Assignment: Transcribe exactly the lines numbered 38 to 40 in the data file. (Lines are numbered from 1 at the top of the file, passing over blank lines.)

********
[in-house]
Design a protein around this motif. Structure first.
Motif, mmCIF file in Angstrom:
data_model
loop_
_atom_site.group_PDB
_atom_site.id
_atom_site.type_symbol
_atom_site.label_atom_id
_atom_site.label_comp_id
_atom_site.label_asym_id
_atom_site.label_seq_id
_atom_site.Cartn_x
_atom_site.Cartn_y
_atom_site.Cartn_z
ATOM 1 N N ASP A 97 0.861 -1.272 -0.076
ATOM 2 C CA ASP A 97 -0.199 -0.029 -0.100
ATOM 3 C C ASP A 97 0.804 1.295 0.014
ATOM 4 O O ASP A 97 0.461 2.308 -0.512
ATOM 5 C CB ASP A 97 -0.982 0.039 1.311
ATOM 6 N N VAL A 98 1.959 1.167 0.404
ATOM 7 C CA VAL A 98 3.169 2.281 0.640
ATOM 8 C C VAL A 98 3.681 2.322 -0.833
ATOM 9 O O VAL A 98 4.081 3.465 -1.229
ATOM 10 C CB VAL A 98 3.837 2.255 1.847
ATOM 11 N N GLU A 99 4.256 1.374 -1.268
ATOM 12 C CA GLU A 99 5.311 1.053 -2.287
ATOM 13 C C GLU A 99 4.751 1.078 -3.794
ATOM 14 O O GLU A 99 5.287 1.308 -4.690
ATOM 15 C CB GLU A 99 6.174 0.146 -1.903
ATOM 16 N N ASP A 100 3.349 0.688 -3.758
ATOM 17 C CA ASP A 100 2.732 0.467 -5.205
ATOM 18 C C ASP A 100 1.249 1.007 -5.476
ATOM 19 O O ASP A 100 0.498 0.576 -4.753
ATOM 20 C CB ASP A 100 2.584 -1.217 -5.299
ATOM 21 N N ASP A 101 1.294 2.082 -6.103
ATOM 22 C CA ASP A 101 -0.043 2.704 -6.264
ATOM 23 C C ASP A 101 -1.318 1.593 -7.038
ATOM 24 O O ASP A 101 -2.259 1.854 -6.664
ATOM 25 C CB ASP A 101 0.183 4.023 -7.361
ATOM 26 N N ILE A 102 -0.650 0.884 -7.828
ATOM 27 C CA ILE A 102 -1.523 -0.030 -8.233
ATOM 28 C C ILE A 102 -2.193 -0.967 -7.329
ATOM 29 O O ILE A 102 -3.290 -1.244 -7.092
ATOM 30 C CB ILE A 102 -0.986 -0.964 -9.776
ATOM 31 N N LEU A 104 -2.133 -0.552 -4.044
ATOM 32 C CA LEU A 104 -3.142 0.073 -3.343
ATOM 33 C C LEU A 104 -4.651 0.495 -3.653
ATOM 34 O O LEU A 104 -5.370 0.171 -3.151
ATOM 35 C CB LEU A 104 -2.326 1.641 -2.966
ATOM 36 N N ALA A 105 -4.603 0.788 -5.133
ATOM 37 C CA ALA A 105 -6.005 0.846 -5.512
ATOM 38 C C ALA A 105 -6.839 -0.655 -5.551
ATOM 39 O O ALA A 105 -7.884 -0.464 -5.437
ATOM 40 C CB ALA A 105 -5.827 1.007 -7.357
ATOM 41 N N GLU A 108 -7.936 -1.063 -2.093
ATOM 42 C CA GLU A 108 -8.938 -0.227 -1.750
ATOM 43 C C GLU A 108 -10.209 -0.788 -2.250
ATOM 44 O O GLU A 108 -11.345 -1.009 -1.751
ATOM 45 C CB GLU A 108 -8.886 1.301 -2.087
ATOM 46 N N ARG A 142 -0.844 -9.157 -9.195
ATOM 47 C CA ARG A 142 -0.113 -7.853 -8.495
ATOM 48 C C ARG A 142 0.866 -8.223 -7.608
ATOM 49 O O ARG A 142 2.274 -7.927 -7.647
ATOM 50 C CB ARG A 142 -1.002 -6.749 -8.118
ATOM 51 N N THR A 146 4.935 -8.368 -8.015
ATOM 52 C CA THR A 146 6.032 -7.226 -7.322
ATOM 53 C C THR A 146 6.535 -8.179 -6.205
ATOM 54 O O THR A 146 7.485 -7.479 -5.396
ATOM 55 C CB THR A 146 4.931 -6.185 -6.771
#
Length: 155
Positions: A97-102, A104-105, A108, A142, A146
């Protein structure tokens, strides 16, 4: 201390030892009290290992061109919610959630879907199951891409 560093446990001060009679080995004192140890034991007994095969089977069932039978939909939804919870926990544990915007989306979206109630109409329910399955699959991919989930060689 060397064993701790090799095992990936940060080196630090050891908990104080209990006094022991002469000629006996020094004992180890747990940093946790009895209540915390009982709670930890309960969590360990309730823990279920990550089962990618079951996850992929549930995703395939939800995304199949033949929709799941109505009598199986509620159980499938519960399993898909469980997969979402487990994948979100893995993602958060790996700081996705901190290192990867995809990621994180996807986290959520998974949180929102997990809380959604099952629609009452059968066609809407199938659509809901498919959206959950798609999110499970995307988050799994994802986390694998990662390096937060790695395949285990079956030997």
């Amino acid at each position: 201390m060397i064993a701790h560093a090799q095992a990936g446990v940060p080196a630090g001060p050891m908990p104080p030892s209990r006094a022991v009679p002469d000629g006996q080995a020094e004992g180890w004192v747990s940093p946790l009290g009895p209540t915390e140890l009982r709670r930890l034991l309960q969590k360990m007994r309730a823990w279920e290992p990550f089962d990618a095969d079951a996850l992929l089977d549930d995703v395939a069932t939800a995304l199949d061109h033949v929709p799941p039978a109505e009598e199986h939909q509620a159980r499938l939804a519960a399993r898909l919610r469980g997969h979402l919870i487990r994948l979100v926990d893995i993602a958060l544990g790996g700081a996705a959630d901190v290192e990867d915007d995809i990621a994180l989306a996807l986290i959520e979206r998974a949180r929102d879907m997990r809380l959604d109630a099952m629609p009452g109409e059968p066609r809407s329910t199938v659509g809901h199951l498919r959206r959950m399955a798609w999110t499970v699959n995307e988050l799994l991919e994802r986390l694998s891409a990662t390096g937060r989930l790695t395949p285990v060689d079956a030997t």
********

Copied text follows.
ATOM 23 C C ASP A 101 -1.318 1.593 -7.038
ATOM 24 O O ASP A 101 -2.259 1.854 -6.664
ATOM 25 C CB ASP A 101 0.183 4.023 -7.361